Tag Archives: alcoholic beverages

Taxing the Vineyards of California to Oblivion

There’s a new initiative in search of signatures in California. The Alcohol-Related Harm and Damages Services Act of 2010 would increase the excise tax on a bottle of wine from .04 cents to $5.11. That’s an increase of over 12,000 percent.

This tax, as Jason Smith of Paraiso Vineyards notes, will hurt consumers of affordable wines. Say goodbye to the $7 dollar shelf. (If you prefer distilled spirits the tax will rise from 0.65 cents to $17.57 and the excise tax on a six-pack would spike from 11 cents to $6.08).

At first blush it may look like another attempt by government to use sin taxes to balance budgets. But this is a citizen initiative, and the proponents would like to take the anticipated revenues of roughly $8 billion to spend on alcohol-addiction programs.

The initiative’s authors are well-aware that raising the excise tax will raise the price and lead to less drinking (at least of California wines).

To get on the ballot half a million signatures  are needed by August. Beyond that, it’s unlikely to go far. A recent legislative proposal to impose a nickel-per-drink fee on alcoholic beverages was promptly rejected by the Assembly Health Committee.

The public seems unimpressed with the idea of a 12,000% tax hike on wine. One journalist by way of  explaining the initiative’s defects found meaning in its acronym.

Is the U.S. Senate Obsolete?

Syndicated columnist Neal Pierce has been writing about state and local affairs since at lease the 1970s. In a recent column, he asks, “Are State Governments Obsolete?” It might have been more appropriate to ask whether state governments actually exist — at least in the traditional constitutional sense. Blessed by the Supreme Court and other judicial rulings, state governments have become administrative appendages of the federal government.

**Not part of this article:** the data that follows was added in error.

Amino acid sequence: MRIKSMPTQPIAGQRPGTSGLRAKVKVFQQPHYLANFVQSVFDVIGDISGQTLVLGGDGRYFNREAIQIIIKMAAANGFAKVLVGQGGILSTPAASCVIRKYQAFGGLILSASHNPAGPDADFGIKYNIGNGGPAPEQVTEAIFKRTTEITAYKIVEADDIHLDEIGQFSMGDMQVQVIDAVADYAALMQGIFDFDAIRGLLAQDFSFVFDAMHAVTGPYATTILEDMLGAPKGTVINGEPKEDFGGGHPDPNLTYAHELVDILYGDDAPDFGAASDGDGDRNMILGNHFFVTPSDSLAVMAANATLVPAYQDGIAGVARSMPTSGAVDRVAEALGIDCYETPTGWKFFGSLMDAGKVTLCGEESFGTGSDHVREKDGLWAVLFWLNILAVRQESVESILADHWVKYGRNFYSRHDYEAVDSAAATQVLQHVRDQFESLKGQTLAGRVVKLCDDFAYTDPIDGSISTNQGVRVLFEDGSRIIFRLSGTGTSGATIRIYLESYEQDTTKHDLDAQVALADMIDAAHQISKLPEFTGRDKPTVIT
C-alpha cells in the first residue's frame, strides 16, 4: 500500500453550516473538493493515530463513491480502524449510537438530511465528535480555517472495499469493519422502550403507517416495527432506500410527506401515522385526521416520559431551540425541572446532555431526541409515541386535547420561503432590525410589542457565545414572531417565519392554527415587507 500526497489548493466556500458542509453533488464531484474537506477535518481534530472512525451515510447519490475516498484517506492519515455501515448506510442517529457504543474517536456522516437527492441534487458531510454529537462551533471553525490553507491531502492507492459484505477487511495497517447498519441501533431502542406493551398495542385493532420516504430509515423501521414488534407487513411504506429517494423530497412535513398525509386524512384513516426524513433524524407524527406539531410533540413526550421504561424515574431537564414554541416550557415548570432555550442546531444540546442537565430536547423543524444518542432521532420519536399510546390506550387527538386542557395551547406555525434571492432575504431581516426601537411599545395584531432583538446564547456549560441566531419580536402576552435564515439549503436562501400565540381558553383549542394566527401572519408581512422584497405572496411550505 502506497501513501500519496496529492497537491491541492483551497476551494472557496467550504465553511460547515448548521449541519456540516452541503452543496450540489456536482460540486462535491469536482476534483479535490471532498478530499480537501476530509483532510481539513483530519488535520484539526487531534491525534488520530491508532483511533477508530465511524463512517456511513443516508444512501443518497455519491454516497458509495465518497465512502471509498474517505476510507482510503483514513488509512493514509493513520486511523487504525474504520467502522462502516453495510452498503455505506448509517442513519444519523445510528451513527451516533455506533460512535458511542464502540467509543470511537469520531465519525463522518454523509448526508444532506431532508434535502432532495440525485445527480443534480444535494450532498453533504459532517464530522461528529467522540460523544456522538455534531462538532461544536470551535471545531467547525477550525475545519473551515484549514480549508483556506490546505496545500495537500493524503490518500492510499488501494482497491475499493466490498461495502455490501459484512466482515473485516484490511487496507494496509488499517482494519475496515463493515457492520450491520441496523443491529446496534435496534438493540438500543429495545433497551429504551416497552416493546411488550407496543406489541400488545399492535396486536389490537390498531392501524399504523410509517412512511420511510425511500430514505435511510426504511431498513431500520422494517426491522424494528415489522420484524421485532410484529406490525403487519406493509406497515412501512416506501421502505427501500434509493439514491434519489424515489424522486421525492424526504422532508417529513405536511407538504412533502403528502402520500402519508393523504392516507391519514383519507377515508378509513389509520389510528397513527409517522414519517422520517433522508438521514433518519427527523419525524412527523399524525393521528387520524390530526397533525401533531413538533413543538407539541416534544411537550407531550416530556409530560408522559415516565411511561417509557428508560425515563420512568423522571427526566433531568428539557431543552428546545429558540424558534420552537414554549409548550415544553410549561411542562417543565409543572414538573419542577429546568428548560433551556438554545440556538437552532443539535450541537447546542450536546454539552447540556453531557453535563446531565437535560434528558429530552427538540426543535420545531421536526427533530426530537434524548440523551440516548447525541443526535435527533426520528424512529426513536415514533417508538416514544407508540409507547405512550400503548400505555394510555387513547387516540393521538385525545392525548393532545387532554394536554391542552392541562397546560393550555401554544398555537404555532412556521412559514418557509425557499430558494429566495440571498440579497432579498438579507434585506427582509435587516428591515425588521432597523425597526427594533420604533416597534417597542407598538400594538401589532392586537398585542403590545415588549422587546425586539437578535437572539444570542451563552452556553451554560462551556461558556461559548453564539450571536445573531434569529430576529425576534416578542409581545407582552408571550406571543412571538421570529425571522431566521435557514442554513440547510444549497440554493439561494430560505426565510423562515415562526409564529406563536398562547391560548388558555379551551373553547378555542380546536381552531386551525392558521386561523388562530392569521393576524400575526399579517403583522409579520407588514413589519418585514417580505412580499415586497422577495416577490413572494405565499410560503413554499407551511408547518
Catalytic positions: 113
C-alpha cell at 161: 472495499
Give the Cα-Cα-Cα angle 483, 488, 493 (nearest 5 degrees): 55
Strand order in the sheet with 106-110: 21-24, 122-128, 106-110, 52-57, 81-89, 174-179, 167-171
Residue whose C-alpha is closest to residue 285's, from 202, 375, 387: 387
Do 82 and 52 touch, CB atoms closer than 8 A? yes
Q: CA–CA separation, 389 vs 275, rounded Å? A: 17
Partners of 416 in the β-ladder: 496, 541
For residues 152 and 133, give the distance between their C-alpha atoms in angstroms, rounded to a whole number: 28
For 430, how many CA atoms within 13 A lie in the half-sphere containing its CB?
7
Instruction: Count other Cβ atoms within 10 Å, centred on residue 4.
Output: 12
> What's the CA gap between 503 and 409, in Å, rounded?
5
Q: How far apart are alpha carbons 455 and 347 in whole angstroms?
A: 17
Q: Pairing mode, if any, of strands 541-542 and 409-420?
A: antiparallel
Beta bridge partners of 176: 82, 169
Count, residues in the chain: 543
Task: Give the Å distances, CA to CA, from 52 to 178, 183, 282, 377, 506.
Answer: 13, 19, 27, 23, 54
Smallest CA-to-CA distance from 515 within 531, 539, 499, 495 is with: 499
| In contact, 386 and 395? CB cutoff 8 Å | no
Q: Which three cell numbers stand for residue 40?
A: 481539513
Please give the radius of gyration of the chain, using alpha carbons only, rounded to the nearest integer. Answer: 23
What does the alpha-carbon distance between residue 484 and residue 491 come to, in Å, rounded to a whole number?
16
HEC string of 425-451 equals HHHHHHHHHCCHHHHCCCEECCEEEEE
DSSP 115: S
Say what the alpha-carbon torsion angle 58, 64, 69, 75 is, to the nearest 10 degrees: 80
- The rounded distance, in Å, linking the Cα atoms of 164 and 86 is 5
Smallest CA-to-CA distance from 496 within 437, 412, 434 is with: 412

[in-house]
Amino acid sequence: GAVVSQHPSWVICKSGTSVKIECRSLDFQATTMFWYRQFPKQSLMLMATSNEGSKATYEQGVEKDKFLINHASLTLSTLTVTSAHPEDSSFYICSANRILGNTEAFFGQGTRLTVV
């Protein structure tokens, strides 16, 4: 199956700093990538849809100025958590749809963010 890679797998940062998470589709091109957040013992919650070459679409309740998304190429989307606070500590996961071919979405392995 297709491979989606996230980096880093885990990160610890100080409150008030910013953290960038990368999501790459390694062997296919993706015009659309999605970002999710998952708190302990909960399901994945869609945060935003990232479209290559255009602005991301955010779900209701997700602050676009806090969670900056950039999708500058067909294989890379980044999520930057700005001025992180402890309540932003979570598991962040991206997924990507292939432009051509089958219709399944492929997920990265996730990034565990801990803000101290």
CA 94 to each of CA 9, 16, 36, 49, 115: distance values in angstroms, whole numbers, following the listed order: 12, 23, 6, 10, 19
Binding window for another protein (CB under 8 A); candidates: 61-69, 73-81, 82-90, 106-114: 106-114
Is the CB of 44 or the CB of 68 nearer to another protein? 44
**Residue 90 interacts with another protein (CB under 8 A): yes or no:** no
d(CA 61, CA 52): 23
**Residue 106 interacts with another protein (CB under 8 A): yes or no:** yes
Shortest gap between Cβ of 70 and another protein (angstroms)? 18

In one area after another in the twentieth century — matters of transportation, public health, land use control, education, wildlife management, etc. — the federal government assumed powers that had traditionally been reserved to the states. States might still have an administrative role, but they are now working under a very tight federal leash.

The sweeping environmental laws of the 1970s shifted control over clean air and water to the federal government. The states were, to be sure, left to administer air and water pollution laws day to day but under federally approved programs, leaving real control in federal hands. The Endangered Species Act not only federalized significant parts of wildlife management but also asserted federal authority over large areas of state and local land use. No Child Left Behind moved a large step towards the full federalization of education in the United States.

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